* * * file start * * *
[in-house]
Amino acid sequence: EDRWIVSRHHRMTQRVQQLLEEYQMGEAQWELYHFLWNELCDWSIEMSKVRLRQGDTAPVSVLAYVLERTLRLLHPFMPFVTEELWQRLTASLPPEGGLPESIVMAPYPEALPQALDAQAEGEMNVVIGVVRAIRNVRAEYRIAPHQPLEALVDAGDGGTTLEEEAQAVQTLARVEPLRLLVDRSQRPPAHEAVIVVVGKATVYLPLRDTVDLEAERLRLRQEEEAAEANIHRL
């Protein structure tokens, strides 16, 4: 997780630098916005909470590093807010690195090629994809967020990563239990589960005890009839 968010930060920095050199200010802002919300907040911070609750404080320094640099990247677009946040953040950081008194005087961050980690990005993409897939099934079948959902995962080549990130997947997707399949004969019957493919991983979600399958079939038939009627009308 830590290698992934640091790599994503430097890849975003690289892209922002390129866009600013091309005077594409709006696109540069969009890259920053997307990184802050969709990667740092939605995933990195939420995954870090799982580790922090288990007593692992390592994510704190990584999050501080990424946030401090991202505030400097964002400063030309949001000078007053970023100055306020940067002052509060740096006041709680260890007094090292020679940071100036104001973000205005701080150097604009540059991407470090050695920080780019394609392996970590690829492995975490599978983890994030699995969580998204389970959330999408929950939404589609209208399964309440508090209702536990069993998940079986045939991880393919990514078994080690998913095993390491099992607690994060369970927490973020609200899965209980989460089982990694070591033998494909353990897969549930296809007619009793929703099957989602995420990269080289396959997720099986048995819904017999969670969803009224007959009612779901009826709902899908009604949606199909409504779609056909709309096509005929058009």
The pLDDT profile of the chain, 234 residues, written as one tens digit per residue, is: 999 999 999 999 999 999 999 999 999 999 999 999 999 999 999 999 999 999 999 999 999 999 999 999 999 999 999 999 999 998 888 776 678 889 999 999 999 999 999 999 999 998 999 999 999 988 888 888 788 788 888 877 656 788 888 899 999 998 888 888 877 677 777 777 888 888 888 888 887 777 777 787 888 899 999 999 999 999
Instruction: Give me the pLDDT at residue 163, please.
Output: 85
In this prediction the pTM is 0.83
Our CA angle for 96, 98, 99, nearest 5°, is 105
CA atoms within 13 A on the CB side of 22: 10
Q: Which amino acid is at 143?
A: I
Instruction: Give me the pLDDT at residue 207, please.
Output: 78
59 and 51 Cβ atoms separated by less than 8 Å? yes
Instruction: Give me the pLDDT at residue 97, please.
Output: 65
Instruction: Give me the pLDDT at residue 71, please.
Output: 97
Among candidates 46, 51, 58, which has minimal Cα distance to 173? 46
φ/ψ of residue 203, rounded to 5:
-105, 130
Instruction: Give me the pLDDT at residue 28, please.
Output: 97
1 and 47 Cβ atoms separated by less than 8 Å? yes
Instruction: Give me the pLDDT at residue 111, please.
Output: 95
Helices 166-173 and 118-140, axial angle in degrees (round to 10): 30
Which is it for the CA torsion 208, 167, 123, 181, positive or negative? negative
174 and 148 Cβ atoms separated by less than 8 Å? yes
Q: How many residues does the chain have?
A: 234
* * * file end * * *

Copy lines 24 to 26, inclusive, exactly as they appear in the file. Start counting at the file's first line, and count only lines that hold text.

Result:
1 and 47 Cβ atoms separated by less than 8 Å? yes
Instruction: Give me the pLDDT at residue 111, please.
Output: 95